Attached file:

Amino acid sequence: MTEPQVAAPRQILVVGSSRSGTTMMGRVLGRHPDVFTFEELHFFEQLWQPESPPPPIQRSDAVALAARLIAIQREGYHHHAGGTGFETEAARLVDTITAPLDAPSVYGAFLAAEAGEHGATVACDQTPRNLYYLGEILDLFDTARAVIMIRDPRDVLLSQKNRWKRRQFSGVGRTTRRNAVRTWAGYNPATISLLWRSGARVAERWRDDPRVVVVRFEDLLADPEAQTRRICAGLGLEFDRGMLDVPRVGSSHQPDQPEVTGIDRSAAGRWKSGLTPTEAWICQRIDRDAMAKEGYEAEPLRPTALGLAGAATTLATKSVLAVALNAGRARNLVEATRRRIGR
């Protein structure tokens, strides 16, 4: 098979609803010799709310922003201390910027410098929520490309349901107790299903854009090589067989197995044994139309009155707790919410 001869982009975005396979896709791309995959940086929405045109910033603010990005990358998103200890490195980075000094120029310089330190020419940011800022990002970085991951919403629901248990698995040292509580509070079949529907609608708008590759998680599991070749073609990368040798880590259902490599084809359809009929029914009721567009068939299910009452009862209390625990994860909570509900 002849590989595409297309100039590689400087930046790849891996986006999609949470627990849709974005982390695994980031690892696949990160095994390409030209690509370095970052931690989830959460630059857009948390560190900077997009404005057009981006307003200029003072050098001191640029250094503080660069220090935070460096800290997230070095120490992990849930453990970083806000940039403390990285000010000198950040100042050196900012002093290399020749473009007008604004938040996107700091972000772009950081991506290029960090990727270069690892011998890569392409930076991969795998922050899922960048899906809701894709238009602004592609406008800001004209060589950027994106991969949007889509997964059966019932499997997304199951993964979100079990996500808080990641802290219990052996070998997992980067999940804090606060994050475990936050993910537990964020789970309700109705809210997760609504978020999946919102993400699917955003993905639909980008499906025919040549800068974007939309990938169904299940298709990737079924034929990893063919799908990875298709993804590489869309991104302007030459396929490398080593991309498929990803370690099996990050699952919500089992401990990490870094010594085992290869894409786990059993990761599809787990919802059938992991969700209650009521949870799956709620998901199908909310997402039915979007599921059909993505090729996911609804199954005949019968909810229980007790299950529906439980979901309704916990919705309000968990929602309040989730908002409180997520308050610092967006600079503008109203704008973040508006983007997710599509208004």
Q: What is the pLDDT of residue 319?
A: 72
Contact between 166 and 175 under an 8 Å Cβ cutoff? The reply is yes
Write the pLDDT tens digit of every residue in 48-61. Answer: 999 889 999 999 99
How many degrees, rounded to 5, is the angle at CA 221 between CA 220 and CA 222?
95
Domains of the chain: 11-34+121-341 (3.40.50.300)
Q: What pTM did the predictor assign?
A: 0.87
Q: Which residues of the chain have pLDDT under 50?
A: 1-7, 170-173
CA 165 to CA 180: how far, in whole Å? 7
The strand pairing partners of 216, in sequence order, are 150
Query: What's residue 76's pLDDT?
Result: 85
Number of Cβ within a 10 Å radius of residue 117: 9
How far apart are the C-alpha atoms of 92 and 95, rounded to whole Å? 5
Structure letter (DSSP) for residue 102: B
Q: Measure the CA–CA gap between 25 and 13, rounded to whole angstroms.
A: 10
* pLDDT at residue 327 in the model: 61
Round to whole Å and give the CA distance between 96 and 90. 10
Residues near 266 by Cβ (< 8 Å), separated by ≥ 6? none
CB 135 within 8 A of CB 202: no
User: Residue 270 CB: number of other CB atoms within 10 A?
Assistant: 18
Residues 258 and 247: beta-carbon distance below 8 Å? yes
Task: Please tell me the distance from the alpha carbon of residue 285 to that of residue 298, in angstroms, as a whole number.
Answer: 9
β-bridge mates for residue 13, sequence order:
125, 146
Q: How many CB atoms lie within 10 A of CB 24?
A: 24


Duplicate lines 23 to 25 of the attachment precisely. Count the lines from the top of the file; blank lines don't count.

* pLDDT at residue 327 in the model: 61
Round to whole Å and give the CA distance between 96 and 90. 10
Residues near 266 by Cβ (< 8 Å), separated by ≥ 6? none